From small farmers in India who are drowning in debt after their crops were besieged by bad weather to coastal villagers in Haiti who lost the roofs over their heads when Hurricane Matthew struck, communities across the developing world are bearing the brunt of climate change. Today, as we mark World Environment Day to raise attention to such challenges, AJWS is supporting local partners to empower communities under threat. Together, these advocates and communities are forging solutions and building powerful movements to pursue climate justice. On a recent AJWS trip to Mexico, I got a glimpse into some of these inspiring efforts.
In the tiny town of Santa María Jaltianguis nestled in the mountains of Oaxaca state, dozens of little schoolchildren at the Escuela Tadeusz Kosciuszko are receiving a big lesson—both inside and outside the classroom. With knowledge and tools from Union de Organizaciones de la Sierra Juarez, Oaxaca (UNOSJO), students are learning to collectively care for small gardens at their school by tilling and watering the soil; growing and harvesting an assortment of vegetables; and deciding what and how to sow next. They are also learning how to compost food waste that is then used to nourish their gardens without using toxic fertilizers that poison their soil.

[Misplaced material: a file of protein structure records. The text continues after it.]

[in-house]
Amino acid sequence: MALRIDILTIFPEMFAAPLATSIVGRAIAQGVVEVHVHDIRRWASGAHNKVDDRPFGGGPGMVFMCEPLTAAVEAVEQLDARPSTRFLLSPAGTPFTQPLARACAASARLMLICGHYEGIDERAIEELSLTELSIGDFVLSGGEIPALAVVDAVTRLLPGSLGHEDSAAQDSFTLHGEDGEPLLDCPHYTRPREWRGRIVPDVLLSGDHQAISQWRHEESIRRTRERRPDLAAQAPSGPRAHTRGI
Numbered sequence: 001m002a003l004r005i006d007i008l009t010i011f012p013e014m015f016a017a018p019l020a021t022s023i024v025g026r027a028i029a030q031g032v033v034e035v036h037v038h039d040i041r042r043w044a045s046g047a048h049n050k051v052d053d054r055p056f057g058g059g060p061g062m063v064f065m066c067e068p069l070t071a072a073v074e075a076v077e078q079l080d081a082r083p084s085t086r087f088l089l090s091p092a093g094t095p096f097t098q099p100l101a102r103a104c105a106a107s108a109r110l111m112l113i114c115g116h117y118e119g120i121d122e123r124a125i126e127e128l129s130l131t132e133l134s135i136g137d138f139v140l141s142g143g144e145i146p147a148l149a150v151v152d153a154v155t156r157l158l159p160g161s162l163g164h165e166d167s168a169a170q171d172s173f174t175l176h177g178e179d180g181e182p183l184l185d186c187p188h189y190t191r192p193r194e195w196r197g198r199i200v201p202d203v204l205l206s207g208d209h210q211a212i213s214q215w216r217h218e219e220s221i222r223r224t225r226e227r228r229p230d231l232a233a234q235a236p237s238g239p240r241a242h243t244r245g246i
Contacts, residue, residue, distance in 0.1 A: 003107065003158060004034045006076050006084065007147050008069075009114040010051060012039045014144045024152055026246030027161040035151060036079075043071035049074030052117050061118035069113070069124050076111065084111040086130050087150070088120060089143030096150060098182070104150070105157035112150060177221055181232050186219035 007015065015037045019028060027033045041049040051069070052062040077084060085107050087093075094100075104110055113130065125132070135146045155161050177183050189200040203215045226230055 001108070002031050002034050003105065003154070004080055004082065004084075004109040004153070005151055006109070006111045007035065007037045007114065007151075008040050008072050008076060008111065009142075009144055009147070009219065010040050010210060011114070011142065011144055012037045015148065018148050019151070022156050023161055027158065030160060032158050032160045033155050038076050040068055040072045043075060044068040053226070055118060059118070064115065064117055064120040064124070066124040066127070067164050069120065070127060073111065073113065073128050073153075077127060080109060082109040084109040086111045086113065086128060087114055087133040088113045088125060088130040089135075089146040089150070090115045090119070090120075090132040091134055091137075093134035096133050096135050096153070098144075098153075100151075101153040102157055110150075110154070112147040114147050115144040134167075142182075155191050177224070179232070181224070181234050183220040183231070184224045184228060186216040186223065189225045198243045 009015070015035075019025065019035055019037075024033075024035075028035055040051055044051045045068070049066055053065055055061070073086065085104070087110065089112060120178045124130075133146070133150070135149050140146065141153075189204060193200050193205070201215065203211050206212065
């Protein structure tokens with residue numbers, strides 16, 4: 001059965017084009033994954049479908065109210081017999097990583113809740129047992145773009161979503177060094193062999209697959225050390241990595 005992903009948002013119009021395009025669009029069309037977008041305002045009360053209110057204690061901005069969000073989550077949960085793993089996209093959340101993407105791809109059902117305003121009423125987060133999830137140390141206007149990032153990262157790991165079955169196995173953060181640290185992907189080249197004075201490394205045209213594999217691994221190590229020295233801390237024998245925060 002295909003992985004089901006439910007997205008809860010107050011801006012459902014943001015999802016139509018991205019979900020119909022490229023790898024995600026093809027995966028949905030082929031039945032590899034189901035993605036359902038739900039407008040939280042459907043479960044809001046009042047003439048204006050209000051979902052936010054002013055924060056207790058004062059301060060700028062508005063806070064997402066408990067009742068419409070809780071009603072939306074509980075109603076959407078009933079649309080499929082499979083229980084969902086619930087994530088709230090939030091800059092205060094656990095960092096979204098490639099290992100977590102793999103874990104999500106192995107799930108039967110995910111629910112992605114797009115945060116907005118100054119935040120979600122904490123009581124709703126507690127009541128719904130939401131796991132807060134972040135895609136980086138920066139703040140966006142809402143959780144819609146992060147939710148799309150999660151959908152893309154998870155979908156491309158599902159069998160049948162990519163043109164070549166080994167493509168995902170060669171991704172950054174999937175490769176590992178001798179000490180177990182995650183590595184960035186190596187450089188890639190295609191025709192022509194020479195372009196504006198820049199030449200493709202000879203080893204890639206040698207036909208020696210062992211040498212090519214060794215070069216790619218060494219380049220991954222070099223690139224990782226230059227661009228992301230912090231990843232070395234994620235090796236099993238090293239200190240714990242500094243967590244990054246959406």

In tending to their gardens and growing their own food, these children are gaining an appreciation for nature, learning to treat their land with reverence, and recovering the traditions of their indigenous ancestors. Adelfa Lopez Balanzar, who has been teaching at the school for eight years, believes the lesson has implications far beyond their small town. “In teaching them to value this small piece of land,” she says these young minds, “are learning respect for their community in the Sierra Norte de Oaxaca, their country—and their planet.”